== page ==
[0083] The absorption region 603 comprises a region which is configured to absorb sweat from the surface of the skin of a subject. In the example shown in Fig. 6 the absorption region 603 comprises an exposed wick structure 609. The wick structure 609 is positioned within the absorption region 603 so that when the sweat transfer structure 601 is in use the exposed wick structure 609 is positioned adjacent to the skin of the subject. The exposed wick structure 609 may be positioned adjacent to the skin of a subject so that sweat from the subject can be drawn into the wick structure 609.

[0084] In the example of Fig. 6 an impermeable coating 611 is provided overlaying at least part of the wick structure 609 in the absorption region 603. The impermeable coating 611 may be provided on an opposing side of the wick stricture 609 to the exposed area of the wick structure 609. This may ensure that the sweat is retained within the wick structure 609 and does not simply evaporate straight away.

[0085] The evaporation region 605 comprises a region which is configured to enable sweat to be evaporated into the atmosphere. In the example shown in Fig. 6 the evaporation region 605 comprises another exposed wick structure 609. The wick structure 609 is positioned within the evaporation region 605 so that when the sweat transfer structure 601 is in use the exposed wick structure 609 is exposed to the atmosphere and is not positioned adjacent to the skin of the subject. The exposure to the atmosphere enables the sweat from the wick structure 609 to be evaporated into the atmosphere.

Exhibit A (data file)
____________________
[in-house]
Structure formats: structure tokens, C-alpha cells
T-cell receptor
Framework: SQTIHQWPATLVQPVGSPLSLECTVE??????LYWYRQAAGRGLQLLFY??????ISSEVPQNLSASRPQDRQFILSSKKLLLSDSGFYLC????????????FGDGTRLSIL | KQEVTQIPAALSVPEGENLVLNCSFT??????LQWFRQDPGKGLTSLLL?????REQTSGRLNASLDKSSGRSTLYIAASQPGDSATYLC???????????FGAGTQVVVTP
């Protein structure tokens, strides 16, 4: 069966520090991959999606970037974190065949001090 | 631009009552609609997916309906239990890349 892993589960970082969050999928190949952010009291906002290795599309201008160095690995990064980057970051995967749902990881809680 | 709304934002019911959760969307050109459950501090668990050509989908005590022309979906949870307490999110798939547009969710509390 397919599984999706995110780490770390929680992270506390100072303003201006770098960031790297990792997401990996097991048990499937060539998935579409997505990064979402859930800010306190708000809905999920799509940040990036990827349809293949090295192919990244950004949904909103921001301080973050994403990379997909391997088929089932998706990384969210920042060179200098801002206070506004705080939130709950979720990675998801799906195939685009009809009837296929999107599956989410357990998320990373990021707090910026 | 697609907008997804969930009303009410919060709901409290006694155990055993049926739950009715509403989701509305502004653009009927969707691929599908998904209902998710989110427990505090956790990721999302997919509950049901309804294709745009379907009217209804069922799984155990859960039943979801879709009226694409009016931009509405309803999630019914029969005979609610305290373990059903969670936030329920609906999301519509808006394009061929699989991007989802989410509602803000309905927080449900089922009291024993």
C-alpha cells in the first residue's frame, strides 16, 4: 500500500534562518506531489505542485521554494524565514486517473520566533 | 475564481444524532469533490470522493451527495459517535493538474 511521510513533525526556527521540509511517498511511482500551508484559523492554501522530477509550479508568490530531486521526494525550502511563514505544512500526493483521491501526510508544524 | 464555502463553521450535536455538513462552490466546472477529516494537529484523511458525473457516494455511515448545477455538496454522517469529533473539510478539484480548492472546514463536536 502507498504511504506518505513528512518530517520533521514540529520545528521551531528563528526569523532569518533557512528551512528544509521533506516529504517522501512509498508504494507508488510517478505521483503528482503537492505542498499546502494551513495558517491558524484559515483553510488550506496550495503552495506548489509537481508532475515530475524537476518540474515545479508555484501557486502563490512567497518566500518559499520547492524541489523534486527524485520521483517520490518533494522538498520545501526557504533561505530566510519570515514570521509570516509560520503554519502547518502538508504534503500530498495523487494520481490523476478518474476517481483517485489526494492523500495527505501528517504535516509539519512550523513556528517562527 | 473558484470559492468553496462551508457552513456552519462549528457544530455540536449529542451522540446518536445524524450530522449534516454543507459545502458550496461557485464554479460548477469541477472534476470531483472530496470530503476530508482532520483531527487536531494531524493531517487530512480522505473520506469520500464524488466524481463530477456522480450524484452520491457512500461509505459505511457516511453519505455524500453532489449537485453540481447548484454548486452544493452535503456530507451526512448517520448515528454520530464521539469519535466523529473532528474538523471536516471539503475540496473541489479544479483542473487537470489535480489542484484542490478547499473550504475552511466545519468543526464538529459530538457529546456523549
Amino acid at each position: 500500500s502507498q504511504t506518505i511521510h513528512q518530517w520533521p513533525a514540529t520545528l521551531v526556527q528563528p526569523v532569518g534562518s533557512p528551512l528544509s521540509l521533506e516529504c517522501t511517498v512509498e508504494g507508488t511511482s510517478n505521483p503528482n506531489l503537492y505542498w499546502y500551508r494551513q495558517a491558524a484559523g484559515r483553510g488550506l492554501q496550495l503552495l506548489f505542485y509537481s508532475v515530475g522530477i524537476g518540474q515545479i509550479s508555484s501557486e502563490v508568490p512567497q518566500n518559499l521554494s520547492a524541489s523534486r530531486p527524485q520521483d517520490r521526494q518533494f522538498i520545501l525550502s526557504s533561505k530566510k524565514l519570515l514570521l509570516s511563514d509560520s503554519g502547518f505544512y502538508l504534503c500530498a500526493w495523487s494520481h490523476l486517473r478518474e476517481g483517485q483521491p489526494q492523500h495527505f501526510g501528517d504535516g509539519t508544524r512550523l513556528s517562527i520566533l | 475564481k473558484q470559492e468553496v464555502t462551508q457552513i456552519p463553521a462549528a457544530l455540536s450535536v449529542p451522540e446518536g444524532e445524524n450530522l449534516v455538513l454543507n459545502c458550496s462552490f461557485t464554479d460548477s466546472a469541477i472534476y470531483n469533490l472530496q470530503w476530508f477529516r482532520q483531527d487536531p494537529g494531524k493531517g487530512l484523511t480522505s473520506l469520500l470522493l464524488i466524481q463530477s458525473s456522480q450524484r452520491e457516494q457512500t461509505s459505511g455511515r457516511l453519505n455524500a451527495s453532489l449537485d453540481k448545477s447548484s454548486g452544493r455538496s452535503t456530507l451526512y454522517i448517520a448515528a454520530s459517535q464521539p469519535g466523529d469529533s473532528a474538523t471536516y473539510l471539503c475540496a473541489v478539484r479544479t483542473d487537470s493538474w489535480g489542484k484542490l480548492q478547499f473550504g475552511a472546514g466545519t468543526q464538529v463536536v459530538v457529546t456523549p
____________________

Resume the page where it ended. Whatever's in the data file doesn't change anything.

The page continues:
[0086] In the example of Fig. 6 an impermeable coating 611 is provided overlaying at least part of the wick structure 609 in the evaporation region 605. The impermeable coating 611 may be provided on an opposing side of the wick structure 609 to the exposed area of the wick structure 609 so that the impermeable coating 611 is on the same side as the skin of the subject. This may ensure that the sweat is directed towards the atmosphere and not back towards the skin of the subject.